This is an attempt to think about perspectives that have been affecting children and other oppressed sections of society. Sometimes we don’t care about the language that we use for others but it may hurt or demoralize them. I will deal with some popular words that most people use in their daily life. I hope it will make us rethink, rebuild, reconstruct traditional thoughts about the most unprivileged sections of society.
The most important thing that we must remember always is that we should use phrases and words very carefully as we do not know how it will psychologically impact somebody.
I would like to explore the ‘perspective from below’, as a framework, which can capture the experiences of the people. As we all know that nobody can describe any person’s condition much better than himself. We always have been using a perspective that comes from above, and often that doesn’t fit peoples’ lives and their struggles. For example, we call some children as ‘Street Children’ only because they don’t have a place to live and nobody is there to take care of them. There are some NGOs bearing this category which are working for these children. Is it alright to call them street children?
According to the child’s perspective, it is not fair to call them street children just because they don’t have a place to stay. This type of narration makes children feel stigmatized, and by using this directly we are discriminating against children. Instead of calling them street children we can simply call them children or we need to work hard to find a descriptive category referring to children that can motivate them, and not demoralize them. When we call some children as poor, what do we mean? What makes a child rich and poor? Who made them poor and who is responsible for their situation? It is the Government’s responsibility to ensure that every child gets into school without any discrimination on the basis of caste, class, gender, and creed. We should not categorize children as poor, as poverty is produced by society and children should not be made to carry that stigma.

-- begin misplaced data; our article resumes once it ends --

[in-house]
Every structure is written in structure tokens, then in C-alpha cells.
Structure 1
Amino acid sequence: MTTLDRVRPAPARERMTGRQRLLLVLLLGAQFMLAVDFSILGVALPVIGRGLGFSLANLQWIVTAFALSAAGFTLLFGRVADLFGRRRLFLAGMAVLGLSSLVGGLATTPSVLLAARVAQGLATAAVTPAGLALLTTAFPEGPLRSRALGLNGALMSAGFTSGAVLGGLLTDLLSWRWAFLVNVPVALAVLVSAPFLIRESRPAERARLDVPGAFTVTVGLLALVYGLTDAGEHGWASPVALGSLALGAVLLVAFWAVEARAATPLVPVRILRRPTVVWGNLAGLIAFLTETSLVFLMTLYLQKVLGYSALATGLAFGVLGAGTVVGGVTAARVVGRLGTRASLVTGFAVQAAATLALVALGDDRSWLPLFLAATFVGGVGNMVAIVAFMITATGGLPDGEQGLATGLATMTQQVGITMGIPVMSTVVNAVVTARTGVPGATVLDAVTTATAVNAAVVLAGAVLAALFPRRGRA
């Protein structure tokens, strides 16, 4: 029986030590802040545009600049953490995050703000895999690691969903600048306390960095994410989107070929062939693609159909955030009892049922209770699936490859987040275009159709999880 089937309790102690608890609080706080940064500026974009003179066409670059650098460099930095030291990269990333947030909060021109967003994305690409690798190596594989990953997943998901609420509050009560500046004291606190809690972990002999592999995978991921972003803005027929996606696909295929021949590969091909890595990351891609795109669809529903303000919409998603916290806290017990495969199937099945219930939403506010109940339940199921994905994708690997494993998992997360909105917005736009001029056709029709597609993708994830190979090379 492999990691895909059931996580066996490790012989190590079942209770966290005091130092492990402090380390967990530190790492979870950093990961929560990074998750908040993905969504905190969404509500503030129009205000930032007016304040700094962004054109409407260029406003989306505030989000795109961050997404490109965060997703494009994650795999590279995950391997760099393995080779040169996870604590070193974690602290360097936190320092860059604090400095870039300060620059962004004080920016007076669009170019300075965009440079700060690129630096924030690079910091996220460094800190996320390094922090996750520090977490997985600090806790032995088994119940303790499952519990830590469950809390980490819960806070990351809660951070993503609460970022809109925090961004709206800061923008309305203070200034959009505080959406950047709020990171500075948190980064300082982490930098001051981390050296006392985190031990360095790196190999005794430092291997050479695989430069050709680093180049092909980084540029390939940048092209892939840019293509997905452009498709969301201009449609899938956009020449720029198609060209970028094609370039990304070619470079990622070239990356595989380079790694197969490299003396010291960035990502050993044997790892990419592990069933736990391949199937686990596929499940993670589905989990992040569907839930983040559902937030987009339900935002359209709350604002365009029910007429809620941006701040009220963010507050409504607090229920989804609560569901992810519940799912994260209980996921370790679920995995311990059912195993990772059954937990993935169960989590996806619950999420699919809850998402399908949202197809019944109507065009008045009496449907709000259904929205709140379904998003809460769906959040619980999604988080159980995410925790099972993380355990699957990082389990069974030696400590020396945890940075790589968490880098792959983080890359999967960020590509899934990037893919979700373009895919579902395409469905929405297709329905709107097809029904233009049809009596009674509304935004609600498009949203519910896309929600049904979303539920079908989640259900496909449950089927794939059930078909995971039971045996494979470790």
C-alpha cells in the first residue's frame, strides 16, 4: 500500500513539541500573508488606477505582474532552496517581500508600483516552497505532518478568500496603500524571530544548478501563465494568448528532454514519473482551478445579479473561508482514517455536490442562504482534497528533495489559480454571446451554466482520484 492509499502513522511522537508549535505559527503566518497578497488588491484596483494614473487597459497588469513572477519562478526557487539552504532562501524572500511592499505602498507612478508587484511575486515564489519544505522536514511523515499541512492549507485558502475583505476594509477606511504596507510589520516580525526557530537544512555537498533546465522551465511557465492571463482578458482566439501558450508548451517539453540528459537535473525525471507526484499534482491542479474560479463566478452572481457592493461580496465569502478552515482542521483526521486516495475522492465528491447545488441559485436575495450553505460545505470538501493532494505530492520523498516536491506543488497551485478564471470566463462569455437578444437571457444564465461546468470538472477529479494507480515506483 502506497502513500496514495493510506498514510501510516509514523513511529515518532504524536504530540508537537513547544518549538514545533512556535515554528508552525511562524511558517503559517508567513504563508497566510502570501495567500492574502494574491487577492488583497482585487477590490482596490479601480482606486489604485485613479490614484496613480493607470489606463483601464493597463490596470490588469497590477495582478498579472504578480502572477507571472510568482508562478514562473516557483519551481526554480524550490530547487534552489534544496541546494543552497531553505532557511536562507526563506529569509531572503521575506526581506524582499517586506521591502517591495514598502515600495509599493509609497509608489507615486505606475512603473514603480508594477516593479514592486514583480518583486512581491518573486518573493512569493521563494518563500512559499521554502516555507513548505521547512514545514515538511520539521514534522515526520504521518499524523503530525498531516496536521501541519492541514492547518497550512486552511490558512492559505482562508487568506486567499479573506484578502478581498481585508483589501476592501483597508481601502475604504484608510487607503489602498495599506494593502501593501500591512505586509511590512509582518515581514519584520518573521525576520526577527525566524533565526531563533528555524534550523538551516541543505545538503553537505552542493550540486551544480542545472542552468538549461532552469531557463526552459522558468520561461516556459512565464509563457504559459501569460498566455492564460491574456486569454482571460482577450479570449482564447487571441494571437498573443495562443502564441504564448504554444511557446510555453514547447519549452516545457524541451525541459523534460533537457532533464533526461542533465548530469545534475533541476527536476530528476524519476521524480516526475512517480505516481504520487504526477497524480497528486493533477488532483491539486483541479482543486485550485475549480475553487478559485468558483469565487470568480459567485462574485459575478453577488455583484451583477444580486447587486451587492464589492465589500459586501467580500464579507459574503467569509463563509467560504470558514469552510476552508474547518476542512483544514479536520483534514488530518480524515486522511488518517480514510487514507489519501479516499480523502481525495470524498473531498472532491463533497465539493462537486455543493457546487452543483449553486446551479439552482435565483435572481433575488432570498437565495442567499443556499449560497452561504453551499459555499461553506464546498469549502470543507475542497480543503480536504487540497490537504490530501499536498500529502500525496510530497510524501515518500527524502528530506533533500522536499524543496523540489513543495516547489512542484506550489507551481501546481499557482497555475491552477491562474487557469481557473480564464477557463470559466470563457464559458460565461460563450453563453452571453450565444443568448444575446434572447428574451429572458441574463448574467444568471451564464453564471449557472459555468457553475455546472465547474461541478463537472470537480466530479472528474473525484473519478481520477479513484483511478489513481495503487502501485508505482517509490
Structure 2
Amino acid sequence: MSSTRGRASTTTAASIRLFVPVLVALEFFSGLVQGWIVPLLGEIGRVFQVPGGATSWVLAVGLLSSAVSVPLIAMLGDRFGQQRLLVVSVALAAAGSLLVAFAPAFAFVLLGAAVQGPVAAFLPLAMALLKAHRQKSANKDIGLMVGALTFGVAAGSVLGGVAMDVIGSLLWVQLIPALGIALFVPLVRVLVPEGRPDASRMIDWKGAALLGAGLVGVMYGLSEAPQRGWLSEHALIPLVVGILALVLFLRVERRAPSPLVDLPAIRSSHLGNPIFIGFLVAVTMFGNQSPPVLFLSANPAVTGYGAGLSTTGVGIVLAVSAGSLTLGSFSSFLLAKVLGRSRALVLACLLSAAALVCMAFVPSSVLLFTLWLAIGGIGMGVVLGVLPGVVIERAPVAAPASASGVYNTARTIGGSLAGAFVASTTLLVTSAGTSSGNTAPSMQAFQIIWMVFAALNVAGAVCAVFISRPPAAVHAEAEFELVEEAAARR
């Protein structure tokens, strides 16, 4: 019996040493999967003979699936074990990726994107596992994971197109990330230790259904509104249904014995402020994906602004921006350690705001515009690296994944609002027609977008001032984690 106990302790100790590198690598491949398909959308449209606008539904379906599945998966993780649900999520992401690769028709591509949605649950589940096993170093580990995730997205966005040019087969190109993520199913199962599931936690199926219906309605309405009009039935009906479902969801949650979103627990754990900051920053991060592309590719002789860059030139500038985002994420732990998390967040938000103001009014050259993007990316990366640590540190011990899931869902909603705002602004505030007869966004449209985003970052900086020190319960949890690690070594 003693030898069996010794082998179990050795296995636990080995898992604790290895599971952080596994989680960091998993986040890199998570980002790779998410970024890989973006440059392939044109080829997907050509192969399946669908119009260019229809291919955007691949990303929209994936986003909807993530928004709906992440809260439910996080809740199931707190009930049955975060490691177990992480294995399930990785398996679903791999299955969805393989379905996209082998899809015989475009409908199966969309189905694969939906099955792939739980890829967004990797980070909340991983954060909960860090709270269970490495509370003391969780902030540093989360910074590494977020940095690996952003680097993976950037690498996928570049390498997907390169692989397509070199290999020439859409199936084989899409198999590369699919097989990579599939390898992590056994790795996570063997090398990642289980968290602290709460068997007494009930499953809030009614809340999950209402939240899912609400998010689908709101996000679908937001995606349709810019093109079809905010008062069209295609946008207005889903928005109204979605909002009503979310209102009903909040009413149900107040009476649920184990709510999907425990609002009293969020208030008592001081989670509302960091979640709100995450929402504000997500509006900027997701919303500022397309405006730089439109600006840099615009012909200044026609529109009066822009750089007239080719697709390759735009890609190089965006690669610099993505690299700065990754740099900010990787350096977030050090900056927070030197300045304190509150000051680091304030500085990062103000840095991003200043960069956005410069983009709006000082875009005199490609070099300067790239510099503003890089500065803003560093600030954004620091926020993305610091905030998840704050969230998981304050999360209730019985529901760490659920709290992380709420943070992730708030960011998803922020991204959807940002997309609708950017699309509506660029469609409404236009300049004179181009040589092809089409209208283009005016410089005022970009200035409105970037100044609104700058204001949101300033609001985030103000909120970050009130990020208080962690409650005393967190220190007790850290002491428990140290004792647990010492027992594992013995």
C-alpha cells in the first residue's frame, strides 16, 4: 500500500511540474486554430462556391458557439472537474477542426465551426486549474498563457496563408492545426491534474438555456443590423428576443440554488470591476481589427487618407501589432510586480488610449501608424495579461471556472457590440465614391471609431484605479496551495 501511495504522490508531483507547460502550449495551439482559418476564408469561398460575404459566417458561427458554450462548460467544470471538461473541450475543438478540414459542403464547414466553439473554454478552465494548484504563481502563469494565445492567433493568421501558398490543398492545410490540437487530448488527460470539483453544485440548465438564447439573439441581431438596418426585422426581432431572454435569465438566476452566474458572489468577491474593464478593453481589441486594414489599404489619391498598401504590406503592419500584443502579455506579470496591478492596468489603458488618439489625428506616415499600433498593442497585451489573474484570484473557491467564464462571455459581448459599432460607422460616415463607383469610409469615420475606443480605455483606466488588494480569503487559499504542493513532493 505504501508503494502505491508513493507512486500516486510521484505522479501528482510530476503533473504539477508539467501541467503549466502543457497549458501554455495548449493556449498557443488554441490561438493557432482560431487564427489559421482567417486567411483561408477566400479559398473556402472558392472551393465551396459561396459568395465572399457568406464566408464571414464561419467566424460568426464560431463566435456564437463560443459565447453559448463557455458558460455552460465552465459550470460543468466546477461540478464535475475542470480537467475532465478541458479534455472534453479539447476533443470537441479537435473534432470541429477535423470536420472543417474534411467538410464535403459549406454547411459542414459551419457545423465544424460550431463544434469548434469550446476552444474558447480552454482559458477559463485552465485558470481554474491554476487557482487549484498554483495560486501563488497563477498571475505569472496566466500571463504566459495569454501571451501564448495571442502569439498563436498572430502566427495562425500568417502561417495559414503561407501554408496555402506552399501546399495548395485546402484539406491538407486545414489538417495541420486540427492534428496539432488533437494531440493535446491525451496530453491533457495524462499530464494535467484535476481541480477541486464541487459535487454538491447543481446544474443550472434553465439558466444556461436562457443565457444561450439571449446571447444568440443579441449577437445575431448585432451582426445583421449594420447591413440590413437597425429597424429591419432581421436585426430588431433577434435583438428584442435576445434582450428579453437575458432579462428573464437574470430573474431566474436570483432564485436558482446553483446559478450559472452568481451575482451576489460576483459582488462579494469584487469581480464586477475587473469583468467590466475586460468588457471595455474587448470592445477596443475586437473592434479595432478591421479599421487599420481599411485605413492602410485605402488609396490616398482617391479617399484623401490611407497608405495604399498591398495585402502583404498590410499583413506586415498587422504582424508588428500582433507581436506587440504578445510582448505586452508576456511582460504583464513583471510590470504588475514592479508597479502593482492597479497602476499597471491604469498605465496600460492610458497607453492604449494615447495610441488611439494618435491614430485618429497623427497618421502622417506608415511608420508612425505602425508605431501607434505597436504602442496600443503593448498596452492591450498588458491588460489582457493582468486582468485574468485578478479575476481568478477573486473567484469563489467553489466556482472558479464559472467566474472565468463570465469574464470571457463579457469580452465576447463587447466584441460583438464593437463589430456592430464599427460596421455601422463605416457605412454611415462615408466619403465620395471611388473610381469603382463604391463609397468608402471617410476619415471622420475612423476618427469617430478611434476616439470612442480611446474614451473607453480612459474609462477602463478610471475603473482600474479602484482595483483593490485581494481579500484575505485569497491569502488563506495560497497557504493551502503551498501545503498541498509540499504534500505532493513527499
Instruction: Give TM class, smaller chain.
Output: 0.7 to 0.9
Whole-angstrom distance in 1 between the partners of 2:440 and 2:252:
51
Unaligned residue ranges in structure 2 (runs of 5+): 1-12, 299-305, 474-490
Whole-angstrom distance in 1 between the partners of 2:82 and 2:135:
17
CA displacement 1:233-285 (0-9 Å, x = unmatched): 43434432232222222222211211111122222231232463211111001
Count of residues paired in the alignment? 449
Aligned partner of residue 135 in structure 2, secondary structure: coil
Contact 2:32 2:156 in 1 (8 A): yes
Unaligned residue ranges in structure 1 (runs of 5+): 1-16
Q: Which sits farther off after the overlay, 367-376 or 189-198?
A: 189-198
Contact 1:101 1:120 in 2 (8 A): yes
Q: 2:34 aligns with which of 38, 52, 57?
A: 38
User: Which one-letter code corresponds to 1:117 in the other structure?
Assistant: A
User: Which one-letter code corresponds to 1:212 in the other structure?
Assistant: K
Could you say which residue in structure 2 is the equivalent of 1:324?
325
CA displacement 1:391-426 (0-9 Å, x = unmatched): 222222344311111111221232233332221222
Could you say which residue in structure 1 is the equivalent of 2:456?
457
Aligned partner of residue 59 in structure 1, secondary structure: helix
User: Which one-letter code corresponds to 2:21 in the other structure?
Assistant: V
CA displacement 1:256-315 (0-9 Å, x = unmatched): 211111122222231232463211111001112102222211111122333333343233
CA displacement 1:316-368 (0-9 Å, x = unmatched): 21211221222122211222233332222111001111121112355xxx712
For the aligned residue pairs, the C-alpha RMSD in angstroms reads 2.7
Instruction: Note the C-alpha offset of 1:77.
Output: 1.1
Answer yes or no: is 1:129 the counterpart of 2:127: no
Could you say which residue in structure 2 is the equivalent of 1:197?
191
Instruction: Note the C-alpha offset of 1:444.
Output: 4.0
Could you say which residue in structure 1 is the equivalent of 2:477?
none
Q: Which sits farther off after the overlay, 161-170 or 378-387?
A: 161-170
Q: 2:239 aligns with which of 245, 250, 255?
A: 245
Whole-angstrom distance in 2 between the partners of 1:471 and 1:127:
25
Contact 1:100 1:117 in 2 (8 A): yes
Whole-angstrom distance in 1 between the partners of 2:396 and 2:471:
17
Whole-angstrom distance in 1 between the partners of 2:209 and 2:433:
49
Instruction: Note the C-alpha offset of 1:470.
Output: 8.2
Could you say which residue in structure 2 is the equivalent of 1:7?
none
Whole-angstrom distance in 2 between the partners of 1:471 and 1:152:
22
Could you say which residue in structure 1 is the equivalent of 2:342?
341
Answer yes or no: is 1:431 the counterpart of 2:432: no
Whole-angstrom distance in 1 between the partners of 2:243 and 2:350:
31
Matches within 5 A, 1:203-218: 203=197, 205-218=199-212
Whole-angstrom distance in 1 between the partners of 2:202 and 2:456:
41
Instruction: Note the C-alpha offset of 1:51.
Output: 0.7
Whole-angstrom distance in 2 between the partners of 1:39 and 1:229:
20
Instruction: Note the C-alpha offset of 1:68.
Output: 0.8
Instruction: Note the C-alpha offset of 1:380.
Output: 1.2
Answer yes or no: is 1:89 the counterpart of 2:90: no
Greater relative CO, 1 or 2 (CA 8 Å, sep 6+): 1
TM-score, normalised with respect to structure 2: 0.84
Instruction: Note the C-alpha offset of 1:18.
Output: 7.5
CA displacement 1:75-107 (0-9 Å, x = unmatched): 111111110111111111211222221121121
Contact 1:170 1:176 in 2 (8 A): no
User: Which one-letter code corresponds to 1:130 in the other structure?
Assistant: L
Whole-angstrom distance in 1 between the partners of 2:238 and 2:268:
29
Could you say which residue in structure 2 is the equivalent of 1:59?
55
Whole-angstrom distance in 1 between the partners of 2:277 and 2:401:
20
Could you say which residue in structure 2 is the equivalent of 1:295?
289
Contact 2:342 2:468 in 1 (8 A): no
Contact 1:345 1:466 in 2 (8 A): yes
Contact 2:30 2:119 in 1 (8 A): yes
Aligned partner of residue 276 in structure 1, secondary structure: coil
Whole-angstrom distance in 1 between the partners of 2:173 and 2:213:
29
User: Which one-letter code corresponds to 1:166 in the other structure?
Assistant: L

If we say some people belong to ‘Low Caste’ then we are actually helping the people who want to maintain and continue this hierarchy in society, and by using the term ‘low caste’ we are accepting that there is high caste in society. We ourselves are making them superior in society.
There is lots of debate happening around the word ‘inclusive’. What are the parameters that define inclusivity? What kind of inclusiveness are we talking about? Is this equivalent to equality or something else? Everybody has a different view of it. Inclusivity is not merely related to inclusion in government schemes or bringing somebody to the periphery of society. Inclusivity must be defined when we bring deprived people to the center of the circle and give them equal rights as the others. Empower them so that they can achieve everything that any human being can achieve as a right.
In the above discussion of redefining traditionally used oppressive words and perspectives, we need to reconstruct everything according to the perspective from below that will give us more power to raise our voice in the oppressive society. For thousands of years, the voices of Dalit, Adivasi, women, and minorities have been suppressed by dominant groups of society. They have introduced everything according to their perspectives which was more convenient and beneficial to them. They never think about the oppressed sections of society. So, the time has come to smash everything that has been built by dominant groups and the need to introduce new perspectives to challenge the existing system that discriminates on the basis of caste, class, gender, creed etc. Perspectives from below give mental strength to those people who never get an opportunity to compete with others.
Neeraj Bunkar is currently doing MA Social Work in Dalit and Tribal Studies and Action, TISS Mumbai and has previously done BA (Hons) in Political Science from Kirorimal College, Delhi University New Delhi.